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The repository contains the research outputs from staff and students at The Christie NHS Foundation Trust and Cancer Research UK Manchester Institute.
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Over 7000 peer reviewed articles, reviews and selected publications from 1933 onwards.
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Cancer stem cell mobilization and therapeutic targeting of the 5T4 oncofetal antigen.(2019)Cancer stem cells (CSCs) can act as the cellular drivers of tumors harnessing stem cell properties that contribute to tumorigenesis either as founder elements or by the gain of stem cell traits by the malignant cells. Thus, CSCs can self-renew and generate the cellular heterogeneity of tumors including a hierarchical organization similar to the normal tissue. While the principle tumor growth contribution is often from the non-CSC components, it is the ability of small numbers of CSCs to avoid the effects of therapeutic strategies that can contribute to recurrence after treatment. However, identifying and characterizing CSCs for therapeutic targeting is made more challenging by their cellular potency being influenced by a particular tissue niche or by the capacity of more committed cells to regain stem cell functions. This review discusses the properties of CSCs including the limitations of the available cell surface markers, the assays that document tumor initiation and clonogenicity, the roles of epithelial mesenchymal transition and molecular pathways such as Notch, Wnt, Hippo and Hedgehog. The ability to target and eliminate CSCs is thought to be critical in the search for curative cancer treatments. The oncofetal tumor-associated antigen 5T4 (TBGP) has been linked with CSC properties in several different malignancies. 5T4 has functional attributes that are relevant to the spread of tumors including through EMT, CXCR4/CXCL12, Wnt, and Hippo pathways which may all contribute through the mobilization of CSCs. There are several different immunotherapies targeting 5T4 in development including antibody-drug conjugates, antibody-targeted bacterial super-antigens, a Modified Vaccinia Ankara-basedvaccine and 5T4-directed chimeric antigen receptor T-cells. These immune therapies would have the advantage of targeting both the bulk tumor as well as mobilized CSC populations.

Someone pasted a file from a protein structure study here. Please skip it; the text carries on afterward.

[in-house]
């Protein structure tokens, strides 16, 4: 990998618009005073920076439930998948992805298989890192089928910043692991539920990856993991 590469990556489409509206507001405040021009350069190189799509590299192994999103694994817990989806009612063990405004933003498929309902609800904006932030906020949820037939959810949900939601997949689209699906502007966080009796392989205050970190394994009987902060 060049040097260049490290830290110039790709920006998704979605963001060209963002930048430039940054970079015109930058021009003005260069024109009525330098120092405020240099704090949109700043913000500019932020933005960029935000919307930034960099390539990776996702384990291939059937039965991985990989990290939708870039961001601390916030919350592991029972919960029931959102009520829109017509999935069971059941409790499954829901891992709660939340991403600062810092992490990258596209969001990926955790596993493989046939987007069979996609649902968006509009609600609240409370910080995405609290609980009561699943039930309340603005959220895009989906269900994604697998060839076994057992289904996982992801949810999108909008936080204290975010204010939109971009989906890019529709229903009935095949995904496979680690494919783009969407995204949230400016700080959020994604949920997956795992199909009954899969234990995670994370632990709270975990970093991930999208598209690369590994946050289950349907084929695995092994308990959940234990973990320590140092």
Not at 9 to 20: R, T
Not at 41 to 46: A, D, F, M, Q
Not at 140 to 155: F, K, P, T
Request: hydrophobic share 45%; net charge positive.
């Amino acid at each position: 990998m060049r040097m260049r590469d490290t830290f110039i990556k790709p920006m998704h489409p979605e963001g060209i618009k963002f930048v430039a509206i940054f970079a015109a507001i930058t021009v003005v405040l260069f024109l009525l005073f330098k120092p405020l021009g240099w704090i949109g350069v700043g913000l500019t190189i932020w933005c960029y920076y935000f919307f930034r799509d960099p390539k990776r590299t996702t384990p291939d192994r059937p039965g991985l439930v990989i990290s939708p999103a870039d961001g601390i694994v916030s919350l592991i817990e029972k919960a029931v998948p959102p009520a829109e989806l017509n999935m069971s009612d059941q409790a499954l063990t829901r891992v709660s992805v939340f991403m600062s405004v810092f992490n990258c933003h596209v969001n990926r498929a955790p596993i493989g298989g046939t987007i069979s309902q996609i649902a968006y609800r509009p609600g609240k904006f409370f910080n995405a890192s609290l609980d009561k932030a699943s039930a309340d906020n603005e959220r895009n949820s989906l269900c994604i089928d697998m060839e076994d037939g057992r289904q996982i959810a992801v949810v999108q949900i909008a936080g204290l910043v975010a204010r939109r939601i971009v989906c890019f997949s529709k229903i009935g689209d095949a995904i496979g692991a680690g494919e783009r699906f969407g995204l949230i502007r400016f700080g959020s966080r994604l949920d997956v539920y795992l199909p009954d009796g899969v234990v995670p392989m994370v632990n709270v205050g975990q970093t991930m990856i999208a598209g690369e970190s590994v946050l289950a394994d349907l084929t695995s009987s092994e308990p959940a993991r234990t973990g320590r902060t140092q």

DNA methylation of immune checkpoints in the peripheral blood of breast and colorectal cancer patients.(2019)Aberrant expression of immune checkpoints (ICs) in cancer creates an immunosuppressive microenvironment, which supports immune evasion of tumor cells. We have recently reported that epigenetic modifications are critical for ICs expression in the tumor microenvironment (TME) of primary breast cancer (PBC) and colorectal cancer (CRC). Herein, we investigated transcriptomic expression of ICs (PD-1, CTLA-4, LAG-3, TIM-3, TIGIT) and PD-L1 in peripheral blood of PBC and CRC patients, compared to healthy donors (HD). We found that expressions of TIM-3, TIGIT, PD-L1 were significantly upregulated, while LAG-3 expression was downregulated in peripheral blood of PBC and CRC patients. Demethylation enzymes TET2 and TET3 were also upregulated. In addition, promoter DNA methylation status of PD-1 was significantly hypermethylated, while PD-L1 was hypomethylated in PBC and CRC patients. Furthermore, TIGIT was significantly hypomethylated only in CRC patients. Remarkably, promoter methylation status of LAG-3, TIGIT and PD-L1 was in concordance with transcriptomic expression in CRC: the more the hypomethylation, the higher the expression. In comparison, we found that CTLA-4, TIM-3, TIGIT and PD-L1 in PBC, and CTLA-4 in CRC patients were significantly upregulated in peripheral blood, compared with tumor tissues of the same patients. However, demethylation status of all ICs was higher in TT, except for TIGIT in PBC, and CTLA-4 in CRC patients. These data indicate that the underlying mechanisms behind peripheral upregulation of PD-L1 and TIGIT in cancer patients could be due to aberrant promoter methylation profile. Moreover, demethylation inhibitors together with anti-PD-L1/anti-TIGIT could be a more efficient therapeutic strategy in cancer patients.